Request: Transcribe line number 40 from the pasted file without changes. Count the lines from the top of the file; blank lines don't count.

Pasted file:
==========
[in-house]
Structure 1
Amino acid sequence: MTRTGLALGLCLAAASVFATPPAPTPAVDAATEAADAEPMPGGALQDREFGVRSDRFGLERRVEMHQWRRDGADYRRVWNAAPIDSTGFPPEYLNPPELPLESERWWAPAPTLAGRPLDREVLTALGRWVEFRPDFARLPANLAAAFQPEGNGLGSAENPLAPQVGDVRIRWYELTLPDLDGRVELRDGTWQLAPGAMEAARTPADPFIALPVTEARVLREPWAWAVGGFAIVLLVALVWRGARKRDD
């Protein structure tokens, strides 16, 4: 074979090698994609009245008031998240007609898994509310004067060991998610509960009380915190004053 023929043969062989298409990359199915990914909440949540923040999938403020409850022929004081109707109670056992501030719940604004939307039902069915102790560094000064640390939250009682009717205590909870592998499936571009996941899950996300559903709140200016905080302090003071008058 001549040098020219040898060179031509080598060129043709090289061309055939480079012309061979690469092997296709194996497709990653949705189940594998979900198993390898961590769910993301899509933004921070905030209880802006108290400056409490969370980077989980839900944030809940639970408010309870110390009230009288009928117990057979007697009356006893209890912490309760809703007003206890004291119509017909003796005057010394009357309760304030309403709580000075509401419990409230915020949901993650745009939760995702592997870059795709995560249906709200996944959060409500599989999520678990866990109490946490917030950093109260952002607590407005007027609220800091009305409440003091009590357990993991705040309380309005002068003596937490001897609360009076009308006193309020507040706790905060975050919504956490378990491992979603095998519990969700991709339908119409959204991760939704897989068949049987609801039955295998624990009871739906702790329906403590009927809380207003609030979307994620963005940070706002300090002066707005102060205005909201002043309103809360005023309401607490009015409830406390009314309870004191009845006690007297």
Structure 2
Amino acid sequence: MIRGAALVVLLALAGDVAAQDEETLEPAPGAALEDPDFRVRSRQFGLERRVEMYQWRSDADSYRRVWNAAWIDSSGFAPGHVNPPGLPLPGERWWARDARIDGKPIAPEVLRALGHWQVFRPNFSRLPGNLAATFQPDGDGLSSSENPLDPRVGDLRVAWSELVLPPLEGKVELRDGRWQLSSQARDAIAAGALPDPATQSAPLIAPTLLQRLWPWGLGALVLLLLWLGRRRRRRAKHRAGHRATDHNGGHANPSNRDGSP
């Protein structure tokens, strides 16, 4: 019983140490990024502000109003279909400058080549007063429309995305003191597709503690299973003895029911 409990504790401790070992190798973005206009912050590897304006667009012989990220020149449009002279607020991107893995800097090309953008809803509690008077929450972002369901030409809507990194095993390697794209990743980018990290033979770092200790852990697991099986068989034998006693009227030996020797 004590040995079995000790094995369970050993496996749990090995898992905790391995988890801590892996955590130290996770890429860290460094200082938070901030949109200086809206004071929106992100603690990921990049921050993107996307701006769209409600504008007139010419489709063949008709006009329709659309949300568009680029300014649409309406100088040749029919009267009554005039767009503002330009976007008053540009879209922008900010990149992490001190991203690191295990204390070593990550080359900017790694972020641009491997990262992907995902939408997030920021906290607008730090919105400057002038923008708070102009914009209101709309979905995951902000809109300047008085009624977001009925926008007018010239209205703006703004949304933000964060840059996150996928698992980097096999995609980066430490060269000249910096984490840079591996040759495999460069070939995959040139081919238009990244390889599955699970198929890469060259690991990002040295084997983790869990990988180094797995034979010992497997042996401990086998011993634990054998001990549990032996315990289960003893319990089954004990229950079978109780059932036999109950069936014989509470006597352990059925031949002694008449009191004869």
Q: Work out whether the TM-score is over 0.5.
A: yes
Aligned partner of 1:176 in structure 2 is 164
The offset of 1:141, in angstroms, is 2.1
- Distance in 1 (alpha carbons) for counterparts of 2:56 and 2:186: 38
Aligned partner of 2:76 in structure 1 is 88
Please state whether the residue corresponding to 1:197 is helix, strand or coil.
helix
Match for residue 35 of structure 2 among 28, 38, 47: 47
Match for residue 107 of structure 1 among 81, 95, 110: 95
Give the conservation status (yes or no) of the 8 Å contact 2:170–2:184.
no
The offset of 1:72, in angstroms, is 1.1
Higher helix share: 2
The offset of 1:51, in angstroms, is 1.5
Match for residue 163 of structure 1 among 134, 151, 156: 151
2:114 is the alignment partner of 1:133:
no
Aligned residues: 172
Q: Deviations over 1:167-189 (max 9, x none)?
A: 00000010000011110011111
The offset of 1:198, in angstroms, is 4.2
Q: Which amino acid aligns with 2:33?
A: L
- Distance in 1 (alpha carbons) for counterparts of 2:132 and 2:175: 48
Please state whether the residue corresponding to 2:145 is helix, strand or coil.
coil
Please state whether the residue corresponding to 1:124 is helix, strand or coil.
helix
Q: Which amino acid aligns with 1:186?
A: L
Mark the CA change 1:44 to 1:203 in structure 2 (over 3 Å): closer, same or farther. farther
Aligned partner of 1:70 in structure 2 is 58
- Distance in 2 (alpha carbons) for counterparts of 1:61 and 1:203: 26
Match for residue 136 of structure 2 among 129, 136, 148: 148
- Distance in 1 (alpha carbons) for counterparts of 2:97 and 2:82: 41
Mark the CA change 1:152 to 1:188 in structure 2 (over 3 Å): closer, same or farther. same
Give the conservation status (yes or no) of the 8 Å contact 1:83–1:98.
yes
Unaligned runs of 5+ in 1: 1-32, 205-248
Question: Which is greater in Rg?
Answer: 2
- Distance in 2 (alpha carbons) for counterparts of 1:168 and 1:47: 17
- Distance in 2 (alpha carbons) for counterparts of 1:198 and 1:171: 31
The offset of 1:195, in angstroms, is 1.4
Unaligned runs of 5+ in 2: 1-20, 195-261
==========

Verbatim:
Aligned partner of 1:70 in structure 2 is 58